As a regular writer on Quora, a question I’m asked at least once a week is “Which freelance skills pay the best?” and my answer is often not what people were expecting. They’re often looking for a top five best-paying freelance skills or something like that, so they can decide which area to pursue. But there’s a different way to approach the question…
Turn it on its head
You can potentially earn a lot of money from any freelance job if:
- You’re skilled and knowledgeable in what you do.
- You can market yourself well and compete against others.
- You consistently deliver an outstanding client experience.
- You build up enough excellent feedback to demand higher market rates.
In other words, it’s much more about you personally and less about choosing a freelance skill that other people say pays well.
To become a successful freelancer, you need to be great at what you do. For most people, it takes a lot of time and effort to master a skill. This means it’s much easier to freelance in an area you’re already great at. Plus, trying to become a freelancer is difficult enough with the added difficulty of mastering a new skill.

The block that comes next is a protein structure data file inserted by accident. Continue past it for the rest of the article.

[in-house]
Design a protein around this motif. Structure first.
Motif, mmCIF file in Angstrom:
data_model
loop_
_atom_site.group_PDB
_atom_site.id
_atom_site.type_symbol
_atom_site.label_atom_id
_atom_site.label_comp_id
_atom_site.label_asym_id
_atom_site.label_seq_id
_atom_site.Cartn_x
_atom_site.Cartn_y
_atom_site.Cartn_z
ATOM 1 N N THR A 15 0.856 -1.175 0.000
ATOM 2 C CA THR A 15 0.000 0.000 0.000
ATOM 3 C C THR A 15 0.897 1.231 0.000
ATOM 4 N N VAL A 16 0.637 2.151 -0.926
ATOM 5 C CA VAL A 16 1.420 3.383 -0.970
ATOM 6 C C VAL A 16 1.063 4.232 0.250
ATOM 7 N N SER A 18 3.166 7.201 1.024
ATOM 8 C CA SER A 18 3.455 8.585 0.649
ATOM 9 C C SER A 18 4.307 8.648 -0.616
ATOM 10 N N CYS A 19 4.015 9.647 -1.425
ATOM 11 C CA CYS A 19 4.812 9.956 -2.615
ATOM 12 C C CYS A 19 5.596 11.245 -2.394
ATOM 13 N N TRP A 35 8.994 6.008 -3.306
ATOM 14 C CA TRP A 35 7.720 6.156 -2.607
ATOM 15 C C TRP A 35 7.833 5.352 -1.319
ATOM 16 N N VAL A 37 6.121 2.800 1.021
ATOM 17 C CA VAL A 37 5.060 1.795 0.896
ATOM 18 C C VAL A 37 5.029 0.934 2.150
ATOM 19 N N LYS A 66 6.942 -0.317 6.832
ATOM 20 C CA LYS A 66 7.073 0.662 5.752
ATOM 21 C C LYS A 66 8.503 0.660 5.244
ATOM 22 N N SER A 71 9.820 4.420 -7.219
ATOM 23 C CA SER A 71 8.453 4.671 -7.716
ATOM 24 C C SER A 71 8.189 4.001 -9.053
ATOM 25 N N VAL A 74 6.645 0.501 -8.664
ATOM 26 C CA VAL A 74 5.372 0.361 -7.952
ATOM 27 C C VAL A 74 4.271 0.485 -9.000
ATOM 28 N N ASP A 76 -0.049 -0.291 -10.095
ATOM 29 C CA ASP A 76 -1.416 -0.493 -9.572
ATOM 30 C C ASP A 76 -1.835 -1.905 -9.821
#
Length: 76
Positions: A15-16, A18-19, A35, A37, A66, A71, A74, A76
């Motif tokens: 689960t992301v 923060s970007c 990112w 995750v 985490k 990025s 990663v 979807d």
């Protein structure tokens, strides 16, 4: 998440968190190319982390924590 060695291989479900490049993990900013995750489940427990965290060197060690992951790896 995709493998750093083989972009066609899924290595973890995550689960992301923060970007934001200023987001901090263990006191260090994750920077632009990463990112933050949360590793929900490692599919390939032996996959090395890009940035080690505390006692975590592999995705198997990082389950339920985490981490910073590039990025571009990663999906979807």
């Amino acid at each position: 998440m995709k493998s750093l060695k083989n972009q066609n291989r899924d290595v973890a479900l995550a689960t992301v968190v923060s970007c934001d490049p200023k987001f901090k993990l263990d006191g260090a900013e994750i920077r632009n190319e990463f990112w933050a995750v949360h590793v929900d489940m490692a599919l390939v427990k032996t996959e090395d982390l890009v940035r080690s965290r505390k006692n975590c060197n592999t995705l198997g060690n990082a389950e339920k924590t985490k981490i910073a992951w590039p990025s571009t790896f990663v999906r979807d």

As a freelancer, you’re competing against numerous other experienced freelancers, so you need to be able to convince clients that you’re worth hiring, which goes back to point #1. If you try to learn a new skill, it’ll take a long time before you can can compete against the best freelancers in the field, the ones who are commanding the best rates.
The simple fact is that you could pursue the best-paying freelance skill right now, but if you’re terrible at it and your clients are unhappy with your work, then you won’t earn much or build up a good reputation. The worst marketer will earn less than the best virtual administrator. It’s all about delighting your clients and establishing an amazing reputation.
The sad fact is that most freelance jobs don’t pay well from the start. You don’t just learn a skill, then suddenly command the best market rates. Many freelancers earn entry-level rates until they’ve gained enough experience and great feedback to compete against established freelancers and land the best-paying clients.
So, how do you choose which area to freelance in?
For me, the answer is simple. Freelancing presents the opportunity to get paid for what you love doing, whatever that skill may be. If you want a long-term, fulfilling freelancing career, then choose something you’re already great at and love doing. Don’t just choose a skill because it pays well, then discover you’re terrible at it or hate doing it.
If you’re not sure what to choose, do a self-assessment to see where your skills and interests lie, then match this to a freelance job—rather than trying to match yourself to a well-paying job. Once you’ve done that, work on marketing yourself and exceeding client expectations to build your freelance reputation. All of these ingredients together can lead to a very well-paying and long-lasting freelance career—one that you love.
Have you chosen your freelance area? Which did you choose? Comment below or get in touch.